Dozens Of Mass. State Troopers Plan To Resign Over COVID Vaccine Mandate
By Jason Hall
September 27, 2021
The State Police Association of Massachusetts (SPAM) said dozens of state troopers plan to resign over Massachusetts' COVID vaccine mandate.
CBS Boston reports a judge denied a request from Massachusetts State Police to put a hold on Governor Charlie Baker's vaccine mandate for troopers, which will require all executive department employees to show proof of vaccination by October 17 or risk losing their jobs.
An attorney representing the union said about 20% of State Police are currently unvaccinated.
SPAM issued the following statement to CBS Boston regarding the judge's decision and the ensuing resignation plans shared by dozens of troopers:
"Throughout COVID, we have been on the front lines protecting the citizens of Massachusetts and beyond. Simply put, all we are asking for are the same basic accommodations that countless other departments have provided to their first responders, and to treat a COVID related illness as a line of duty injury.
"To date, dozens of troopers have already submitted their resignation paperwork, some of whom plan to return to other departments offering reasonable alternatives such as mask wearing and regular testing. The State Police are already critically short staffed and acknowledged this by the unprecedented moves which took troopers from specialty units that investigate homicides, terrorism, computer crimes, arsons, gangs, narcotics, and human trafficking, and returned them to uniformed patrol."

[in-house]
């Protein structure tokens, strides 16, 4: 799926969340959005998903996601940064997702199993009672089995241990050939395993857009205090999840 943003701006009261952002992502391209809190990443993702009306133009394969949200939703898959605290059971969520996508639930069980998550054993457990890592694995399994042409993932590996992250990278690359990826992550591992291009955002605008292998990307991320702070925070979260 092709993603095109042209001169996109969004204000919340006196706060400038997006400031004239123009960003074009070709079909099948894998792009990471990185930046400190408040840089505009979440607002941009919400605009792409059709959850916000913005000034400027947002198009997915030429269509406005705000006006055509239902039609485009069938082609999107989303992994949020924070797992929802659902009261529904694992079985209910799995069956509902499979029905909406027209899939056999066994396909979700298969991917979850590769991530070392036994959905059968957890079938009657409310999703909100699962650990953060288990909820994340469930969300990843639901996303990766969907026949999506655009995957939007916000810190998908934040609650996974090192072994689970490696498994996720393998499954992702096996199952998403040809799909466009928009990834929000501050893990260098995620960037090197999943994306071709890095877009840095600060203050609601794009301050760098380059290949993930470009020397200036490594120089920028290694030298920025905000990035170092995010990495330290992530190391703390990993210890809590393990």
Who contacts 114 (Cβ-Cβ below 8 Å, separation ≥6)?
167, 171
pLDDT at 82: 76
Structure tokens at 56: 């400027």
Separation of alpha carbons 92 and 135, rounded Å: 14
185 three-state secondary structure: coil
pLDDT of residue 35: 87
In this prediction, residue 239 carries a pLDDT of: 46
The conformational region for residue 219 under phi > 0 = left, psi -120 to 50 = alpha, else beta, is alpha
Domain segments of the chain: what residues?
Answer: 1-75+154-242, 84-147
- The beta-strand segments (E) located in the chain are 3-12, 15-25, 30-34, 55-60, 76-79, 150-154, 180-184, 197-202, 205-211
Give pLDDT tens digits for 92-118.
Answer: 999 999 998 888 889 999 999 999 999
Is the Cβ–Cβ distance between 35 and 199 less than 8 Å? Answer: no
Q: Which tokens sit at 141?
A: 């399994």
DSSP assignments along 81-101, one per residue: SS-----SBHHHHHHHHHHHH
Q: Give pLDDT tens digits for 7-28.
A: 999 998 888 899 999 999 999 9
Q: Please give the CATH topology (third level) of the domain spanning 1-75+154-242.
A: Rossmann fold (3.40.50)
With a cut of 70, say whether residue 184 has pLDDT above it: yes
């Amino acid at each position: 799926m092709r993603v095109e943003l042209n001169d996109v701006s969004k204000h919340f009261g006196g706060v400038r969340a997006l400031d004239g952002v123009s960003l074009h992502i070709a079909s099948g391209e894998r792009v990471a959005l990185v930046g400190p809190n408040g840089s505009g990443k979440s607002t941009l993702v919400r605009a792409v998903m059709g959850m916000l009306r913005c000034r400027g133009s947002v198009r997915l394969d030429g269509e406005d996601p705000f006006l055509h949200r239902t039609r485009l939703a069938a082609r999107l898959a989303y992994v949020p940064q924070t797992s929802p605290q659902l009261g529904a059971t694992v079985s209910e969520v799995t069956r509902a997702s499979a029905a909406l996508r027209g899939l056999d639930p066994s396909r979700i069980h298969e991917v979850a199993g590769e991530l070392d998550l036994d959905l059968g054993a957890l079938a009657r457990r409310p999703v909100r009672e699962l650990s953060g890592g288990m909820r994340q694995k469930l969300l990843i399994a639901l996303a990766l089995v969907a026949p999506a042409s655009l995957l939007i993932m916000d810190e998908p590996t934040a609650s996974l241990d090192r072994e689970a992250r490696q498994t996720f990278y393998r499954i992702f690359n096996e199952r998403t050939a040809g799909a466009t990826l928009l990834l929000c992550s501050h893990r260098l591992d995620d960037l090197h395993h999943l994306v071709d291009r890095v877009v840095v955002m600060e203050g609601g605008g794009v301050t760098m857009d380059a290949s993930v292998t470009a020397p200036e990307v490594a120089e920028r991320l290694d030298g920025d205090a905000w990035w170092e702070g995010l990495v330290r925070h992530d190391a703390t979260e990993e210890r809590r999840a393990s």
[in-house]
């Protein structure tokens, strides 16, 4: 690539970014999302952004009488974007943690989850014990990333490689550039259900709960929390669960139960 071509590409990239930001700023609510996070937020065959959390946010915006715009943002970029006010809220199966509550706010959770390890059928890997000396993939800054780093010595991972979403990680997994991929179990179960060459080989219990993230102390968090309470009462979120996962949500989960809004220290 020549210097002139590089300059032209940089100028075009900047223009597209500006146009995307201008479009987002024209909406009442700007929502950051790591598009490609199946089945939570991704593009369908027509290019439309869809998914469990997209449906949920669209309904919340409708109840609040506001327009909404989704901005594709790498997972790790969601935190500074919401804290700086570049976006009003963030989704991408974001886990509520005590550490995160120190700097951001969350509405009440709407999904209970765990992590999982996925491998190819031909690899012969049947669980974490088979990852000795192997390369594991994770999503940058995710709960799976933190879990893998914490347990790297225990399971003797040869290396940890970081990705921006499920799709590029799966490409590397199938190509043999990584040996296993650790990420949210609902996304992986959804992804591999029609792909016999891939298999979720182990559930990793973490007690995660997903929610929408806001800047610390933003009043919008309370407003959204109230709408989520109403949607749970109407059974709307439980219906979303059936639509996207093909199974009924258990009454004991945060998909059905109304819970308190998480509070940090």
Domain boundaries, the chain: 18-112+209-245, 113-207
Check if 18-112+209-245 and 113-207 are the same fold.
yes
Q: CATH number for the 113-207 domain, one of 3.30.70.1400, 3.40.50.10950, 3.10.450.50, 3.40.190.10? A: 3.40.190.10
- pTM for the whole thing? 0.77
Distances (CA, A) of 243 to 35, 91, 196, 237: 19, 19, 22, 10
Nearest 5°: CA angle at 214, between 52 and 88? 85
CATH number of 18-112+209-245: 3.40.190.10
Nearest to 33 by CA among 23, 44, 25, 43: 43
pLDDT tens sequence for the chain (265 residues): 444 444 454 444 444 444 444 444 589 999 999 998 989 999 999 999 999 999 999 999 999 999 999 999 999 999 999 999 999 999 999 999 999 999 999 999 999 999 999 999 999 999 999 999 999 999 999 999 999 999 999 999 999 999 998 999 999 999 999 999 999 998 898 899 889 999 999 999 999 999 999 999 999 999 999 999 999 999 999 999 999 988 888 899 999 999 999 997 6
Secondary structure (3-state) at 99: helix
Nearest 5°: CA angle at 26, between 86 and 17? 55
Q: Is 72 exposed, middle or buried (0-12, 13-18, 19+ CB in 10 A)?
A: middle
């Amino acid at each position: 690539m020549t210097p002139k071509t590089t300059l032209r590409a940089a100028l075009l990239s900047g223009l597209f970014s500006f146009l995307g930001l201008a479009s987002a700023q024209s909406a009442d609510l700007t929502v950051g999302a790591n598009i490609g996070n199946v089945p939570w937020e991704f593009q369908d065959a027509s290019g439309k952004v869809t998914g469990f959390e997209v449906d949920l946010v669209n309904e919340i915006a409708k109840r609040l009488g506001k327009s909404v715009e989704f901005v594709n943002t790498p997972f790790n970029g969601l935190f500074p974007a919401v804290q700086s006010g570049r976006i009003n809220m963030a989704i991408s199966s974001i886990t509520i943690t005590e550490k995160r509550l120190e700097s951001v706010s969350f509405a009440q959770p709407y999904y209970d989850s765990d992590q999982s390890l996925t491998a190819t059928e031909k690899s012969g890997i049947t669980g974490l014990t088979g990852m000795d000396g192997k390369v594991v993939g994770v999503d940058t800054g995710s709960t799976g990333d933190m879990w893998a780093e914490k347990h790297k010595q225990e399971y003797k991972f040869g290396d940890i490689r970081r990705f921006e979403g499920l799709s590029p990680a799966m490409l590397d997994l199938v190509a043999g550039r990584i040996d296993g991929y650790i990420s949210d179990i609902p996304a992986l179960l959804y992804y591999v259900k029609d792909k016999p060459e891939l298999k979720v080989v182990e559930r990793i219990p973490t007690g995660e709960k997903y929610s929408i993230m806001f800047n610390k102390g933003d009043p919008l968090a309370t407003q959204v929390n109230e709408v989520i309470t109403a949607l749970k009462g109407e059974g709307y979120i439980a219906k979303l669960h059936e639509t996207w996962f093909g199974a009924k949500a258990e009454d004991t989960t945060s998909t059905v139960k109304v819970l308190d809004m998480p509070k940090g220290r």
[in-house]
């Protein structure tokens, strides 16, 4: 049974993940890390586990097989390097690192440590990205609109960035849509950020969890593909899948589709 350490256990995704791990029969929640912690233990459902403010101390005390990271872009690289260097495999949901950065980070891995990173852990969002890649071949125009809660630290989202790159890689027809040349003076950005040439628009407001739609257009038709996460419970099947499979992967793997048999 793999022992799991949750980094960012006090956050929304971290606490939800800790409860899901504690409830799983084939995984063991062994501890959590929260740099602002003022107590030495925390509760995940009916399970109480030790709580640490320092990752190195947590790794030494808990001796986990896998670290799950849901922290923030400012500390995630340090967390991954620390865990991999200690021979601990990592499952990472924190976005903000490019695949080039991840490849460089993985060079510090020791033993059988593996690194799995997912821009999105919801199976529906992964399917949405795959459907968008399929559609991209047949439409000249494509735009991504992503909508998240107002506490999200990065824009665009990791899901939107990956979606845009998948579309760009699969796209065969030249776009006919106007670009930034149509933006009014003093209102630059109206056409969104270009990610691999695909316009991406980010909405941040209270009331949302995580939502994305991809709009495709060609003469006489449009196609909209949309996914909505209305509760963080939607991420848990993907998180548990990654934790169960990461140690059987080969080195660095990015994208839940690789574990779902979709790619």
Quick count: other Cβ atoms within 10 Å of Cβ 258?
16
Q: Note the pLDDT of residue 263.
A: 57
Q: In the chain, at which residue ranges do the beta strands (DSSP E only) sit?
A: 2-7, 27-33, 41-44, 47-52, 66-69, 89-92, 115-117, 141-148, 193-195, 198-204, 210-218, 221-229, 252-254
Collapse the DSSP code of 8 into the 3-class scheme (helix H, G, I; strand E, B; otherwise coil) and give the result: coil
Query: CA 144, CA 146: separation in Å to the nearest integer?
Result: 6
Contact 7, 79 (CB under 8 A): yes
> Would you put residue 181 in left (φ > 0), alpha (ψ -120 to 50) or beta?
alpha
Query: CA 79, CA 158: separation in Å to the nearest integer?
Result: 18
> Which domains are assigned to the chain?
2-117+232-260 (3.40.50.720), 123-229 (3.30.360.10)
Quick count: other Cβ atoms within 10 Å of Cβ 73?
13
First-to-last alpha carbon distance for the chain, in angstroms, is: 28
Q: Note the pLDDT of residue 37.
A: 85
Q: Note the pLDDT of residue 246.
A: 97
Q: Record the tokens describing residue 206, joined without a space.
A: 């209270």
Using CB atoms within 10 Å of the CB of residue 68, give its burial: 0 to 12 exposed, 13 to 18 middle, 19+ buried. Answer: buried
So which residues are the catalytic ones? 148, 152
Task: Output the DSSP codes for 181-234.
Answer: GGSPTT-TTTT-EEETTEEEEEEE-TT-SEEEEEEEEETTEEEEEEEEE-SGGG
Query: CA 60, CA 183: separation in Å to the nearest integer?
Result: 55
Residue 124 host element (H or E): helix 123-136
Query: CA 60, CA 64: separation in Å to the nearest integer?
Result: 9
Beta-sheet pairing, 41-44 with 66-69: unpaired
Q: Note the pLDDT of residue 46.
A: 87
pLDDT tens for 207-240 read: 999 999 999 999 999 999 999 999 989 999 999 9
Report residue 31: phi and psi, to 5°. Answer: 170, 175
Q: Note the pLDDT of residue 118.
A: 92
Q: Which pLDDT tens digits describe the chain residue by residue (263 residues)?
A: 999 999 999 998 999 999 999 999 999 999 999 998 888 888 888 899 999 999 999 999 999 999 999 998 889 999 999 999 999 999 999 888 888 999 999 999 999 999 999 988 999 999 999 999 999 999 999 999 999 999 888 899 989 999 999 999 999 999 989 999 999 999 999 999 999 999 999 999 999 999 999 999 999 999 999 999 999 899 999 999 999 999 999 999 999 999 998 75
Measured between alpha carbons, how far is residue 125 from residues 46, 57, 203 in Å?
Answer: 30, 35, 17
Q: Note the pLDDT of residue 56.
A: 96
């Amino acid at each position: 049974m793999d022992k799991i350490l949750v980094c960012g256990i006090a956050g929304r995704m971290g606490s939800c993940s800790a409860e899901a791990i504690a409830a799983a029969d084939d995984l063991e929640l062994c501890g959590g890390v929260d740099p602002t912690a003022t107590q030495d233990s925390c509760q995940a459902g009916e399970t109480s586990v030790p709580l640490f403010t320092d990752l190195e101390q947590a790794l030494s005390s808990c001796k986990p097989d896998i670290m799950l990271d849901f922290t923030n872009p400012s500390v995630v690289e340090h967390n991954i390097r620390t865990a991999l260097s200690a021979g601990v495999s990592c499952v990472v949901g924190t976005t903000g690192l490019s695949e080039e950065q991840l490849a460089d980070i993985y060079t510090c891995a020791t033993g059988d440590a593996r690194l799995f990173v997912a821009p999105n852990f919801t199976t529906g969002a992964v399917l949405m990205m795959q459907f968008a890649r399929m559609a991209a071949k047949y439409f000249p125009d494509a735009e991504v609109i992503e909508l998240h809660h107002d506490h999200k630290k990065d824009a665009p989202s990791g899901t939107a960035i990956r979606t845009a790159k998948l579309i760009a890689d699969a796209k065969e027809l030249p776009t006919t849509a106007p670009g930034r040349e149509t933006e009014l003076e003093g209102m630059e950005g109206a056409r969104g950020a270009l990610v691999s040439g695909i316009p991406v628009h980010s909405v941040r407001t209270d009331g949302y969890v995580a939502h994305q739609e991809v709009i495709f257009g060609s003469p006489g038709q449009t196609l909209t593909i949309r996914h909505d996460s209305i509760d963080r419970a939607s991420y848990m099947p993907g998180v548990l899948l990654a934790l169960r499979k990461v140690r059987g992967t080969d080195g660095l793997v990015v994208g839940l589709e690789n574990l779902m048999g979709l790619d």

The union -- which is comprised of 1,800 members -- said state officials needed to work with troopers before implementing a statewide mandate.
Union president Sgt. Michael Cherven said troopers may be recruited to join other state's departments if the mandate doesn't include accommodations for the group.
“They have opportunities to return to the municipal departments they came from. There are opportunities outside of Massachusetts, New Hampshire and New Jersey state police associations have reached out,” Cherven said.
Gov. Baker said he didn't on changing the mandate and believes compliance will be high when speaking to reporters on Monday (September 27).
“I think it’s critically important for public officials who deal directly with the public on a regular basis, who have no idea whether the people their dealing with are vaccinated or not. And those people who are dealing with them ought to believe that they are vaccinated,” Baker said.